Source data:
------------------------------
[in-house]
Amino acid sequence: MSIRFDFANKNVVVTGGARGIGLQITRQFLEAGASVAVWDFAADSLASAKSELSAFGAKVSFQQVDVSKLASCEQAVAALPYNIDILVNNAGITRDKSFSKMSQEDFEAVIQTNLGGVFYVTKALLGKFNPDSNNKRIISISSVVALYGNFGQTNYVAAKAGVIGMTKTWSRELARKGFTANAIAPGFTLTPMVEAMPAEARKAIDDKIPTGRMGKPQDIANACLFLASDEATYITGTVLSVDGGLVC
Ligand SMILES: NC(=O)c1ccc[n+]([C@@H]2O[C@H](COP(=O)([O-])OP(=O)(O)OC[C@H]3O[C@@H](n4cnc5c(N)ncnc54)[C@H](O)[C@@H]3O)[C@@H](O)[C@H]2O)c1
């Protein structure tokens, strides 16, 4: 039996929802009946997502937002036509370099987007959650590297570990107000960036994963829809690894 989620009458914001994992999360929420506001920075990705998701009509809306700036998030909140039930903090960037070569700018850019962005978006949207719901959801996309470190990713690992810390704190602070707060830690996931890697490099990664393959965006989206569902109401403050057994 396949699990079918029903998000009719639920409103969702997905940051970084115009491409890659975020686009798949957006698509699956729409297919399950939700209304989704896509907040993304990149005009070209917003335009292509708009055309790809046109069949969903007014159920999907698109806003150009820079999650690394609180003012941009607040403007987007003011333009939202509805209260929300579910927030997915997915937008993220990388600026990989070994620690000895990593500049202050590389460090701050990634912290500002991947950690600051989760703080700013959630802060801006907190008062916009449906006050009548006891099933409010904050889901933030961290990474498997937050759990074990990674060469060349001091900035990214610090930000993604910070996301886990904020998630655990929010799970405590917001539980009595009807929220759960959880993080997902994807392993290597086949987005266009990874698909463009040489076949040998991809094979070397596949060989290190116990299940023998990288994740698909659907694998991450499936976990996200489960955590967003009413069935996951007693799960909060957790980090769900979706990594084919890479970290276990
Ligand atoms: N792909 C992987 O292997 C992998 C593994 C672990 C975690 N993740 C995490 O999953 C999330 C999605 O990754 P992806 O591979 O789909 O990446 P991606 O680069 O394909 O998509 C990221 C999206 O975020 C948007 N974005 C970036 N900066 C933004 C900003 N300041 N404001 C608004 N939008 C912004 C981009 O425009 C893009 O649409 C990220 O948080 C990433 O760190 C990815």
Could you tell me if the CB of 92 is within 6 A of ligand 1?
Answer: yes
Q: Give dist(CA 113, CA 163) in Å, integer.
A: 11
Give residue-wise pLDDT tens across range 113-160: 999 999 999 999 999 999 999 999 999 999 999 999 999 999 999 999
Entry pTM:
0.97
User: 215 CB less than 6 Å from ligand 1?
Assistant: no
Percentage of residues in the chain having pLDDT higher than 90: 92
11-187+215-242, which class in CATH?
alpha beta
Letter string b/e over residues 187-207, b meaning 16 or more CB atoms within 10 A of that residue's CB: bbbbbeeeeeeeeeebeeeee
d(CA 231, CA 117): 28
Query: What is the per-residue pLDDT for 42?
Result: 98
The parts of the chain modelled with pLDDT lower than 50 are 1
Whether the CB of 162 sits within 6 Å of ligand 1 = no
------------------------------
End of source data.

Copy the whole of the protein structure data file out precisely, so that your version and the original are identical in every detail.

[in-house]
Amino acid sequence: MSIRFDFANKNVVVTGGARGIGLQITRQFLEAGASVAVWDFAADSLASAKSELSAFGAKVSFQQVDVSKLASCEQAVAALPYNIDILVNNAGITRDKSFSKMSQEDFEAVIQTNLGGVFYVTKALLGKFNPDSNNKRIISISSVVALYGNFGQTNYVAAKAGVIGMTKTWSRELARKGFTANAIAPGFTLTPMVEAMPAEARKAIDDKIPTGRMGKPQDIANACLFLASDEATYITGTVLSVDGGLVC
Ligand SMILES: NC(=O)c1ccc[n+]([C@@H]2O[C@H](COP(=O)([O-])OP(=O)(O)OC[C@H]3O[C@@H](n4cnc5c(N)ncnc54)[C@H](O)[C@@H]3O)[C@@H](O)[C@H]2O)c1
């Protein structure tokens, strides 16, 4: 039996929802009946997502937002036509370099987007959650590297570990107000960036994963829809690894 989620009458914001994992999360929420506001920075990705998701009509809306700036998030909140039930903090960037070569700018850019962005978006949207719901959801996309470190990713690992810390704190602070707060830690996931890697490099990664393959965006989206569902109401403050057994 396949699990079918029903998000009719639920409103969702997905940051970084115009491409890659975020686009798949957006698509699956729409297919399950939700209304989704896509907040993304990149005009070209917003335009292509708009055309790809046109069949969903007014159920999907698109806003150009820079999650690394609180003012941009607040403007987007003011333009939202509805209260929300579910927030997915997915937008993220990388600026990989070994620690000895990593500049202050590389460090701050990634912290500002991947950690600051989760703080700013959630802060801006907190008062916009449906006050009548006891099933409010904050889901933030961290990474498997937050759990074990990674060469060349001091900035990214610090930000993604910070996301886990904020998630655990929010799970405590917001539980009595009807929220759960959880993080997902994807392993290597086949987005266009990874698909463009040489076949040998991809094979070397596949060989290190116990299940023998990288994740698909659907694998991450499936976990996200489960955590967003009413069935996951007693799960909060957790980090769900979706990594084919890479970290276990
Ligand atoms: N792909 C992987 O292997 C992998 C593994 C672990 C975690 N993740 C995490 O999953 C999330 C999605 O990754 P992806 O591979 O789909 O990446 P991606 O680069 O394909 O998509 C990221 C999206 O975020 C948007 N974005 C970036 N900066 C933004 C900003 N300041 N404001 C608004 N939008 C912004 C981009 O425009 C893009 O649409 C990220 O948080 C990433 O760190 C990815």
Could you tell me if the CB of 92 is within 6 A of ligand 1?
Answer: yes
Q: Give dist(CA 113, CA 163) in Å, integer.
A: 11
Give residue-wise pLDDT tens across range 113-160: 999 999 999 999 999 999 999 999 999 999 999 999 999 999 999 999
Entry pTM:
0.97
User: 215 CB less than 6 Å from ligand 1?
Assistant: no
Percentage of residues in the chain having pLDDT higher than 90: 92
11-187+215-242, which class in CATH?
alpha beta
Letter string b/e over residues 187-207, b meaning 16 or more CB atoms within 10 A of that residue's CB: bbbbbeeeeeeeeeebeeeee
d(CA 231, CA 117): 28
Query: What is the per-residue pLDDT for 42?
Result: 98
The parts of the chain modelled with pLDDT lower than 50 are 1
Whether the CB of 162 sits within 6 Å of ligand 1 = no